(CNSNews.com) - Would-be tax cutters have long fumed over an influential but little known method used by congressional number crunchers to predict how much a tax cut plan will short-change the federal treasury.
Tax cut bills regularly meet an untimely death once the joint committee on taxation completes those calculations, which are branded by the anti-tax cut crowd as evidence that a tax cut is too big and expensive. But those calculations are based on certain economic assumptions, which can make all the difference.
This week, Republicans on the House Ways and Means Committee began looking at ways to change those economic assumptions.
"It effects whether or not tax cuts go forward and what sort of tax cuts and tax policies get enacted," said Chris Edwards, director of fiscal policy studies for the Cato Institute. Edwards meets regularly with like-minded Washington, D.C. economists to devise a better system of economic modeling for tax cuts, with hopes that Congress will someday adopt it.
Mainly, Edwards wants the joint tax committee to take into account the economic growth that results from tax cuts. He also wants the committee to disclose to the public how it actually arrives at its numbers.
An example of the current problem is capital gains, says Edwards. "If capital gains tax rates are cut, people will realize a lot more capital gains [and] there will be more stock market trading activity" resulting in greater investment and growth. "That will offset some of the revenue loss of a cut."
When President Bush proposed a $1.6 trillion tax cut over ten years, economists like Harvard's Martin Feldstein said it would not really cost the government $1.6 trillion but around $1 trillion because of the revenue growth, Edwards said.
"But if the joint tax committee scores these things as losing a lot of money, it creates a hurdle for pro-growth tax cuts," Edwards continued. Tax cut opponents can then say "look, it's going to lose this much money; it's fiscally irresponsible, etc., etc."
Openness is another priority for reformers. "Because of the importance of your predictions in forming tax policy, it is also important that the methods behind them be publicly disclosed to the fullest extent possible," said Amo Houghton (R-N.Y.), Ways and Means subcommittee chairman.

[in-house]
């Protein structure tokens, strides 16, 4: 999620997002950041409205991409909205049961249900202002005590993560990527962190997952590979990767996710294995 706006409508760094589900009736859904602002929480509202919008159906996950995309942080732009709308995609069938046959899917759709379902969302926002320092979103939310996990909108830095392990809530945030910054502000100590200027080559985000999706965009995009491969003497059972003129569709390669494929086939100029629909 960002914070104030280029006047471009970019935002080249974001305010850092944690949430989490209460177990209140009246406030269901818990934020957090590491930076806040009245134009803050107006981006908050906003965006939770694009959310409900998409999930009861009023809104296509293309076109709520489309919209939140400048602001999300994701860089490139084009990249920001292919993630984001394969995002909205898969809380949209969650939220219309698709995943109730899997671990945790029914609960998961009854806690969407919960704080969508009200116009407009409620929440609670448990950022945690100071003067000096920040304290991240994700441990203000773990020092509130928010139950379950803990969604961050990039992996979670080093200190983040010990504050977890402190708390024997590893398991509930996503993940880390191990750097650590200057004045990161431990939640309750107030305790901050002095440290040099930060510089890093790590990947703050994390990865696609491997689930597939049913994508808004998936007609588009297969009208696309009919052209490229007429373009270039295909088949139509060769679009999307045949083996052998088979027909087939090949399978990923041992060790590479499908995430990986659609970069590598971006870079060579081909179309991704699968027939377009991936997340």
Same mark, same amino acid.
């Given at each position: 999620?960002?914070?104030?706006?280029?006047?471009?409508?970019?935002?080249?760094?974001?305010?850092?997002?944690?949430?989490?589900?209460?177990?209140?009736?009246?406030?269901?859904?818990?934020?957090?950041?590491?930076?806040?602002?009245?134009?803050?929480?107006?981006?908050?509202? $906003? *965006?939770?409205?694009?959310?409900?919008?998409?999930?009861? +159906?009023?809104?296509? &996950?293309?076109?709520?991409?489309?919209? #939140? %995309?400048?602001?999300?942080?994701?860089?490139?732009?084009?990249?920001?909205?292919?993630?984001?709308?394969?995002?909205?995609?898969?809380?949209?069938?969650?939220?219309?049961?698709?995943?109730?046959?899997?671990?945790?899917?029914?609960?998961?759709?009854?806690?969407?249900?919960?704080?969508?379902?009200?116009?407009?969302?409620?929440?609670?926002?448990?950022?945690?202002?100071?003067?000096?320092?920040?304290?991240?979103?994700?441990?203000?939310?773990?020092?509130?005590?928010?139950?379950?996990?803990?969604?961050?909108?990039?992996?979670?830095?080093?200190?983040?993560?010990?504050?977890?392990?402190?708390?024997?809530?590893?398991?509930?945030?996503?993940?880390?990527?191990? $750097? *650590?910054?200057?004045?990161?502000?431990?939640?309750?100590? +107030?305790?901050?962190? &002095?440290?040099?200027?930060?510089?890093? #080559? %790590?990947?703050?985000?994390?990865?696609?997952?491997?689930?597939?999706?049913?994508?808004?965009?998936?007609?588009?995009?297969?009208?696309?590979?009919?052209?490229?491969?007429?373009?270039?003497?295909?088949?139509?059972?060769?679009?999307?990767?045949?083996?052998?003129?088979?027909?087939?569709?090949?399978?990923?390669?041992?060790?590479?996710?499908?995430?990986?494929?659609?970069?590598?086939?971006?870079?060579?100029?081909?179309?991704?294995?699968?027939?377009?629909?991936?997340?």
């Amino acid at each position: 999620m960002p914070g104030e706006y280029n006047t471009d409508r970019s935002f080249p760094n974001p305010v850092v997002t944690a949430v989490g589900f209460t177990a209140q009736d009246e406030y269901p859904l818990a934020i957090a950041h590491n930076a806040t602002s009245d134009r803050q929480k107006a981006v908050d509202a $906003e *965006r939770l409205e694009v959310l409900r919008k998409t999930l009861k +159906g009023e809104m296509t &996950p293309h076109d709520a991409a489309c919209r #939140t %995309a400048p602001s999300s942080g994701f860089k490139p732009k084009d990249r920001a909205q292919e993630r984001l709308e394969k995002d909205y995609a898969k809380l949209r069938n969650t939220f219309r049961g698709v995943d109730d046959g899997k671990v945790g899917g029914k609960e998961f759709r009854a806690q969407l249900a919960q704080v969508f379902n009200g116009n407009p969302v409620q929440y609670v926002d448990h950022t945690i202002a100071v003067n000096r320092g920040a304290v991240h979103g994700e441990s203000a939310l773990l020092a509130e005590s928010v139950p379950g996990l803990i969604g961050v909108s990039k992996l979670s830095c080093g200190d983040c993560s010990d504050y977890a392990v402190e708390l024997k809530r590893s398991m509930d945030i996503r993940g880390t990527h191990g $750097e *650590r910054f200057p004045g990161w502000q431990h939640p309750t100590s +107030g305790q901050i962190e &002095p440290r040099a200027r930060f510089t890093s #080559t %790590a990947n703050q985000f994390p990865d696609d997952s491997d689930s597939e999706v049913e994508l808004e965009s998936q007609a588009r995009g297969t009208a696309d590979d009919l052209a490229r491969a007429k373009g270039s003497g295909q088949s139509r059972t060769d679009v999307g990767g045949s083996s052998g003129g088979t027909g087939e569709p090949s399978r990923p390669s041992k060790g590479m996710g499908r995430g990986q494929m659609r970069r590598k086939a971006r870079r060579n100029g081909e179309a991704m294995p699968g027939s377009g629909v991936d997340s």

"Now it's sort of a secretive process where the joint tax committee has a black box and no one knows exactly what goes on inside it," Edwards elaborated.
"When a congressman requests a particular tax cut [to be scored], whether it's a corporate one like depreciation or a capital gains one for individuals, he sends a letter to the joint committee and the joint committee does their analysis and sends them back a letter saying, 'here's ... the answer'... without telling them how they came about it.
"They just want to hand down the answers like Moses and not have anyone question them," said Edwards.
But reformers will have their work cut out for them.
Congressional Budget Office director Daniel Crippen dealt a blow to their cause by recently criticizing the idea of moving from a "static" system of scoring to the "dynamic scoring" favored by supply side economists like Edwards.
Crippen recently told the House budget committee, the "CBO does not believe that dynamic scoring by it and [the Joint Committee on Taxation] would improve the analysis provided to the Congress."
While the current system may have its shortcomings, "integrating dynamic scoring into cost estimates would pose intractable problems," he said.
For one thing, Crippen suggested, analysts would have too much discretion to make assumptions about how a new tax policy would influence future policy decisions, such as how Congress would make up for any revenue shortfall.
Placing analysts in such a position "would drive results and undermine their credibility," said Crippen.
The proposed reforms might also create an unwanted problem for tax cutters.
If macroeconomic effects must be factored into tax cut proposals, "it can be argued that a similar approach is necessary with respect to spending proposals," said Lindy Paull, chief of staff of the Joint Committee on Taxation.
That's a cause of concern for advocates of small government, said Edwards, who fear that the big government types could say "if the government spends $100 million more, then that will benefit the economy by $150 million. We can go out and build more bridges [which will] really stimulate the economy."
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